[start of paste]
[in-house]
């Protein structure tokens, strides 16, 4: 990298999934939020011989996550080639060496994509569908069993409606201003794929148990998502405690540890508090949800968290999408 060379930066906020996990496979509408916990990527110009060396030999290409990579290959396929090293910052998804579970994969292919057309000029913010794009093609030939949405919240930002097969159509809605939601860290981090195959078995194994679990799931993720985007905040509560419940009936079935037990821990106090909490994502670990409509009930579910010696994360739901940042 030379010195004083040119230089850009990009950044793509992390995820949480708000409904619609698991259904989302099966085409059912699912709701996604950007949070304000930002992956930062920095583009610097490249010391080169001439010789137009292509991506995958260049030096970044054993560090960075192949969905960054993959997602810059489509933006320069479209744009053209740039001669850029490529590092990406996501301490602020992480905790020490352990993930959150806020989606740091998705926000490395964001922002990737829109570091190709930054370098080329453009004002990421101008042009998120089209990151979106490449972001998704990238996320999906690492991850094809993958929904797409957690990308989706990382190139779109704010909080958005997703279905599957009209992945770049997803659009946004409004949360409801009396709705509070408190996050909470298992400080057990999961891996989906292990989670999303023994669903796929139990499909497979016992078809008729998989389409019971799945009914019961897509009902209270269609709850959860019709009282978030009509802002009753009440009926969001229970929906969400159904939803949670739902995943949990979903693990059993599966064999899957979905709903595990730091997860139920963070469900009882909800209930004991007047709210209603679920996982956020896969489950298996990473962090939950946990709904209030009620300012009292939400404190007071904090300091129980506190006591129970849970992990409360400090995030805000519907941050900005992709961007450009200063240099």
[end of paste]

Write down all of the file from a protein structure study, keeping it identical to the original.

[in-house]
């Protein structure tokens, strides 16, 4: 990298999934939020011989996550080639060496994509569908069993409606201003794929148990998502405690540890508090949800968290999408 060379930066906020996990496979509408916990990527110009060396030999290409990579290959396929090293910052998804579970994969292919057309000029913010794009093609030939949405919240930002097969159509809605939601860290981090195959078995194994679990799931993720985007905040509560419940009936079935037990821990106090909490994502670990409509009930579910010696994360739901940042 030379010195004083040119230089850009990009950044793509992390995820949480708000409904619609698991259904989302099966085409059912699912709701996604950007949070304000930002992956930062920095583009610097490249010391080169001439010789137009292509991506995958260049030096970044054993560090960075192949969905960054993959997602810059489509933006320069479209744009053209740039001669850029490529590092990406996501301490602020992480905790020490352990993930959150806020989606740091998705926000490395964001922002990737829109570091190709930054370098080329453009004002990421101008042009998120089209990151979106490449972001998704990238996320999906690492991850094809993958929904797409957690990308989706990382190139779109704010909080958005997703279905599957009209992945770049997803659009946004409004949360409801009396709705509070408190996050909470298992400080057990999961891996989906292990989670999303023994669903796929139990499909497979016992078809008729998989389409019971799945009914019961897509009902209270269609709850959860019709009282978030009509802002009753009440009926969001229970929906969400159904939803949670739902995943949990979903693990059993599966064999899957979905709903595990730091997860139920963070469900009882909800209930004991007047709210209603679920996982956020896969489950298996990473962090939950946990709904209030009620300012009292939400404190007071904090300091129980506190006591129970849970992990409360400090995030805000519907941050900005992709961007450009200063240099």